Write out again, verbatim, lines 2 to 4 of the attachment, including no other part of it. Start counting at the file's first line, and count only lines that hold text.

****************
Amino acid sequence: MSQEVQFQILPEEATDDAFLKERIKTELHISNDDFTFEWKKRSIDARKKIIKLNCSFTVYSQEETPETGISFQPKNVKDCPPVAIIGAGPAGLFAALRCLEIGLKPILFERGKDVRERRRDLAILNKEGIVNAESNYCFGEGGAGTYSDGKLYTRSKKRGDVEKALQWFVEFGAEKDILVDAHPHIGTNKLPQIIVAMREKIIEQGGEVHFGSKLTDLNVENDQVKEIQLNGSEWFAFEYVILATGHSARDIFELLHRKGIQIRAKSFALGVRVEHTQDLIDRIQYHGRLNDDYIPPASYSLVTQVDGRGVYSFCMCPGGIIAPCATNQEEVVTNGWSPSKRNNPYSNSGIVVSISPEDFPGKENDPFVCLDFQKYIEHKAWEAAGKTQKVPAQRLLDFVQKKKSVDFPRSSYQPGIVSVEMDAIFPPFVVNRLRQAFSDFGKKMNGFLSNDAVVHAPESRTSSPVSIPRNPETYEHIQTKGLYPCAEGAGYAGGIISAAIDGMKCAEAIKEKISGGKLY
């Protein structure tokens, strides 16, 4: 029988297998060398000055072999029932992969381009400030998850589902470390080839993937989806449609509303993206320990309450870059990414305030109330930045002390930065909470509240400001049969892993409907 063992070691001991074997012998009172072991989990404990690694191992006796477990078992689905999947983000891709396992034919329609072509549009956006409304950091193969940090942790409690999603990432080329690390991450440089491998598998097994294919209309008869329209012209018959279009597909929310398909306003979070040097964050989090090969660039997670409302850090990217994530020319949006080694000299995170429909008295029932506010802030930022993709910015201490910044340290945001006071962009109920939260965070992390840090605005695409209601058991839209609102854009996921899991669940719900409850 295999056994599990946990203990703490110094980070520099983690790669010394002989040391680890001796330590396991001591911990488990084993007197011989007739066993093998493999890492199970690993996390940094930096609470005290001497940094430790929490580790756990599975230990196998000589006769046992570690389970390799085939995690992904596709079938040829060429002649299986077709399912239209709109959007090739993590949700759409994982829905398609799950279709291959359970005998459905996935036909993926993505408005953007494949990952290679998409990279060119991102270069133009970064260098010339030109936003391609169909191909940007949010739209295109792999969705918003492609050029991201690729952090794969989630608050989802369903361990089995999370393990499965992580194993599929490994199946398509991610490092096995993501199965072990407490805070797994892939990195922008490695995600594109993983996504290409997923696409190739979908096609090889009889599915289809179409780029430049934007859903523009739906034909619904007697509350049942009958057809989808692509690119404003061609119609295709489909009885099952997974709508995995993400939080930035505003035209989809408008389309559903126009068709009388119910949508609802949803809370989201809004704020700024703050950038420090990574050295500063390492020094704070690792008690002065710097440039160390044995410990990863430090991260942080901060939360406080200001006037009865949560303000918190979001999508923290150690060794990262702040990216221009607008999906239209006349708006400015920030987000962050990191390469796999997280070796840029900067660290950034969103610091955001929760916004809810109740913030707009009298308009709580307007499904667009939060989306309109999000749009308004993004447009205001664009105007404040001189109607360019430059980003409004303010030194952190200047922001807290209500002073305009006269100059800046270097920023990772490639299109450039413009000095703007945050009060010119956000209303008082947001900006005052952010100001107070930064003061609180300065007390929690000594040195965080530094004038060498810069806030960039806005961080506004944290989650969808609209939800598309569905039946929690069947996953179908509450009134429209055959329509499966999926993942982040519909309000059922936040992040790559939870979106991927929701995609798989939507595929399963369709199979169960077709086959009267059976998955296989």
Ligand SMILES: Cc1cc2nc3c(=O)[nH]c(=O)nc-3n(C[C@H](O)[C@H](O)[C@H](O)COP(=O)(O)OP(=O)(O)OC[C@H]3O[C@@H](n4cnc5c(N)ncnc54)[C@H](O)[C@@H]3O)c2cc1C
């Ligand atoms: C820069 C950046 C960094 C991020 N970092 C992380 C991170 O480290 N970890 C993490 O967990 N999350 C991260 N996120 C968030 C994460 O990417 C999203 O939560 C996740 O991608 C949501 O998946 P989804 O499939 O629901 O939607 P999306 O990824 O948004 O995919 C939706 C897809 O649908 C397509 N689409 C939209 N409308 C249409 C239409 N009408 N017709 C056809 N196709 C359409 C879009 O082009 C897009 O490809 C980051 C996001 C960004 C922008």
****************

């Protein structure tokens, strides 16, 4: 029988297998060398000055072999029932992969381009400030998850589902470390080839993937989806449609509303993206320990309450870059990414305030109330930045002390930065909470509240400001049969892993409907 063992070691001991074997012998009172072991989990404990690694191992006796477990078992689905999947983000891709396992034919329609072509549009956006409304950091193969940090942790409690999603990432080329690390991450440089491998598998097994294919209309008869329209012209018959279009597909929310398909306003979070040097964050989090090969660039997670409302850090990217994530020319949006080694000299995170429909008295029932506010802030930022993709910015201490910044340290945001006071962009109920939260965070992390840090605005695409209601058991839209609102854009996921899991669940719900409850 295999056994599990946990203990703490110094980070520099983690790669010394002989040391680890001796330590396991001591911990488990084993007197011989007739066993093998493999890492199970690993996390940094930096609470005290001497940094430790929490580790756990599975230990196998000589006769046992570690389970390799085939995690992904596709079938040829060429002649299986077709399912239209709109959007090739993590949700759409994982829905398609799950279709291959359970005998459905996935036909993926993505408005953007494949990952290679998409990279060119991102270069133009970064260098010339030109936003391609169909191909940007949010739209295109792999969705918003492609050029991201690729952090794969989630608050989802369903361990089995999370393990499965992580194993599929490994199946398509991610490092096995993501199965072990407490805070797994892939990195922008490695995600594109993983996504290409997923696409190739979908096609090889009889599915289809179409780029430049934007859903523009739906034909619904007697509350049942009958057809989808692509690119404003061609119609295709489909009885099952997974709508995995993400939080930035505003035209989809408008389309559903126009068709009388119910949508609802949803809370989201809004704020700024703050950038420090990574050295500063390492020094704070690792008690002065710097440039160390044995410990990863430090991260942080901060939360406080200001006037009865949560303000918190979001999508923290150690060794990262702040990216221009607008999906239209006349708006400015920030987000962050990191390469796999997280070796840029900067660290950034969103610091955001929760916004809810109740913030707009009298308009709580307007499904667009939060989306309109999000749009308004993004447009205001664009105007404040001189109607360019430059980003409004303010030194952190200047922001807290209500002073305009006269100059800046270097920023990772490639299109450039413009000095703007945050009060010119956000209303008082947001900006005052952010100001107070930064003061609180300065007390929690000594040195965080530094004038060498810069806030960039806005961080506004944290989650969808609209939800598309569905039946929690069947996953179908509450009134429209055959329509499966999926993942982040519909309000059922936040992040790559939870979106991927929701995609798989939507595929399963369709199979169960077709086959009267059976998955296989």
Ligand SMILES: Cc1cc2nc3c(=O)[nH]c(=O)nc-3n(C[C@H](O)[C@H](O)[C@H](O)COP(=O)(O)OP(=O)(O)OC[C@H]3O[C@@H](n4cnc5c(N)ncnc54)[C@H](O)[C@@H]3O)c2cc1C
């Ligand atoms: C820069 C950046 C960094 C991020 N970092 C992380 C991170 O480290 N970890 C993490 O967990 N999350 C991260 N996120 C968030 C994460 O990417 C999203 O939560 C996740 O991608 C949501 O998946 P989804 O499939 O629901 O939607 P999306 O990824 O948004 O995919 C939706 C897809 O649908 C397509 N689409 C939209 N409308 C249409 C239409 N009408 N017709 C056809 N196709 C359409 C879009 O082009 C897009 O490809 C980051 C996001 C960004 C922008």